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Forgotten No More, Or: This is Why Photography Matters

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Often it is the backstory and the small stories behind a set of pictures that brings it all together. I posted the above picture back in 2011, photographed on film and included in a set of photos from an abandoned dye-works in Somerset, UK.

At the time I said this about it:

I love things like this, the little relics of real people with real lives, people that simply called places like this ‘work’.

I’ve been back to this place, Tone Mills, many times since, but sadly that photo has long since disintegrated.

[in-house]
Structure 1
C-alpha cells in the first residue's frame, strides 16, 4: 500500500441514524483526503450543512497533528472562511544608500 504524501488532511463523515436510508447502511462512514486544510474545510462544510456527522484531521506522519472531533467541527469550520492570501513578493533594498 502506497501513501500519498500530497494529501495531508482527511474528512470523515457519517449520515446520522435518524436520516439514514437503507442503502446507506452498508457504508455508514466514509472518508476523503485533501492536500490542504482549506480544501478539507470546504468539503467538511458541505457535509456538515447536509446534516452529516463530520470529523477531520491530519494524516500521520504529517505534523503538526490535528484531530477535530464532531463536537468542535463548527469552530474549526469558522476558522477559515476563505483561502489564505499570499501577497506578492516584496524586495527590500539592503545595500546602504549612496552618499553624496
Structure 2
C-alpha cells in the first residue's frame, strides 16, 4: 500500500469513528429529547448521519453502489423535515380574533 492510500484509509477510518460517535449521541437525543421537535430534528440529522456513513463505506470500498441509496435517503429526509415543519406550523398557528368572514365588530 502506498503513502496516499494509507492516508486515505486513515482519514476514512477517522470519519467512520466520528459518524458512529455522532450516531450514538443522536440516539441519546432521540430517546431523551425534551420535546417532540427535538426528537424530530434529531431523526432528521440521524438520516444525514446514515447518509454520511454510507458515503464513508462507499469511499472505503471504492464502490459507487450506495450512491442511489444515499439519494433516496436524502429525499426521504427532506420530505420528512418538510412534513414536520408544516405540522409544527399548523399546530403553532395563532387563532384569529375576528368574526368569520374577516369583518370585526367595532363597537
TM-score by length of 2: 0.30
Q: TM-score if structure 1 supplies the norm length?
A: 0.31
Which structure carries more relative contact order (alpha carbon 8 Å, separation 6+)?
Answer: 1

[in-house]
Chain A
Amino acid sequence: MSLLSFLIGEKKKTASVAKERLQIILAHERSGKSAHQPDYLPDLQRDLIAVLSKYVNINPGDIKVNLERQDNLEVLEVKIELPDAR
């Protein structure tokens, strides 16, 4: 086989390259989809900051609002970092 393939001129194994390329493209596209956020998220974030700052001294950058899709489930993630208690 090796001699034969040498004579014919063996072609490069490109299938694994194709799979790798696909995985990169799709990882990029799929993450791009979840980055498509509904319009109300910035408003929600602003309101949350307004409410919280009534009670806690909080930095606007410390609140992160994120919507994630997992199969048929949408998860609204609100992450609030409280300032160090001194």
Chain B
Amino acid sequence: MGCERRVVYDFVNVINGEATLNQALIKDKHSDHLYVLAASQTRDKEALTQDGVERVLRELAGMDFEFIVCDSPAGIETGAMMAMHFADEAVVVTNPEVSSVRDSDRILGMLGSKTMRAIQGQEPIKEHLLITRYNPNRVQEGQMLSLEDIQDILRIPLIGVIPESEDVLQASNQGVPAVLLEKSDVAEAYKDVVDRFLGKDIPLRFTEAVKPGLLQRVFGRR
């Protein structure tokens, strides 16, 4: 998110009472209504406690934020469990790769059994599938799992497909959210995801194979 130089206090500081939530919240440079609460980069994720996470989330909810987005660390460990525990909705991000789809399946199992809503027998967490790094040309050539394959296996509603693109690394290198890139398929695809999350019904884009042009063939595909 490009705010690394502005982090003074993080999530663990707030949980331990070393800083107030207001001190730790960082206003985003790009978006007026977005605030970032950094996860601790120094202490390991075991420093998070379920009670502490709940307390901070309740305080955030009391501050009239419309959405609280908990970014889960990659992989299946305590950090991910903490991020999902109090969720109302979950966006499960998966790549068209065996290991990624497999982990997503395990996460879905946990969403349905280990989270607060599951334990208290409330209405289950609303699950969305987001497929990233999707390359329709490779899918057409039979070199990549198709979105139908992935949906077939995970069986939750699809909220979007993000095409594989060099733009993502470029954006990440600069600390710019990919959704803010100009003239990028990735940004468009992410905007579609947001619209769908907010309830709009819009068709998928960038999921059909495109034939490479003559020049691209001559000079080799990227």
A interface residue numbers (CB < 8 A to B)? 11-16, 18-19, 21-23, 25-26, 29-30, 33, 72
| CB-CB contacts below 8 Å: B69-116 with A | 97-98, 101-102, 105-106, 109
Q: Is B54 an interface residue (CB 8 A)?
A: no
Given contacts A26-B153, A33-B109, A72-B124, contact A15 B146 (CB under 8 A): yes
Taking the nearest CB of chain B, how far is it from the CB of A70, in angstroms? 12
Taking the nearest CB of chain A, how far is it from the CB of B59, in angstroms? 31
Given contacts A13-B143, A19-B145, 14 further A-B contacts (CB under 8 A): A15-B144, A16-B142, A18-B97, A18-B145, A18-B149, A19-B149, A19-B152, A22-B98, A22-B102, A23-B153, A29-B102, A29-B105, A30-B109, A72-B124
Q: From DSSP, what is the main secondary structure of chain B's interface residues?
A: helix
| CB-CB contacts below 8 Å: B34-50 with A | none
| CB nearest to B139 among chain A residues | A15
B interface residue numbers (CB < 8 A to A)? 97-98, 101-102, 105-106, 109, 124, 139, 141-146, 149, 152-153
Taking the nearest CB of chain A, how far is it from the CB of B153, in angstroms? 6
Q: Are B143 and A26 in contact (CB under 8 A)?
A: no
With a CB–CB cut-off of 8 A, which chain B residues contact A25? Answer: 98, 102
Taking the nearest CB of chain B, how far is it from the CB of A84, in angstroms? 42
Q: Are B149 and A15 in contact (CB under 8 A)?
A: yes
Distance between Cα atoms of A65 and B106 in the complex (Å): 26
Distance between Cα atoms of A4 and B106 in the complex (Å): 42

Last summer, after a chance conversation, I showed the pictures to a 77-year-old gentleman that I met and got talking about local history with.

His father was a weaver at this place. Indeed, he grew up in a multi-occupancy house belonging to the mill, and he himself worked there 60 odd years ago as a 15-year-old before joining the Navy.

As we scrolled down the page of photos, we got to the ‘picture of a picture’ and his face lit up as he announced: “That’s Tommy Windsor — he was the site foreman.”

The gentleman I learned Tommy’s name from passed away recently, possibly leaving just me — and now you too — knowing the name of the man in the picture.

A name put to a face in a long-gone photo — I like that. Some sort of closure.

This is why photography matters.


About the author: Glenn Bruce is a photographer and the man behind the Facebook page Taking photographs is not a crime.

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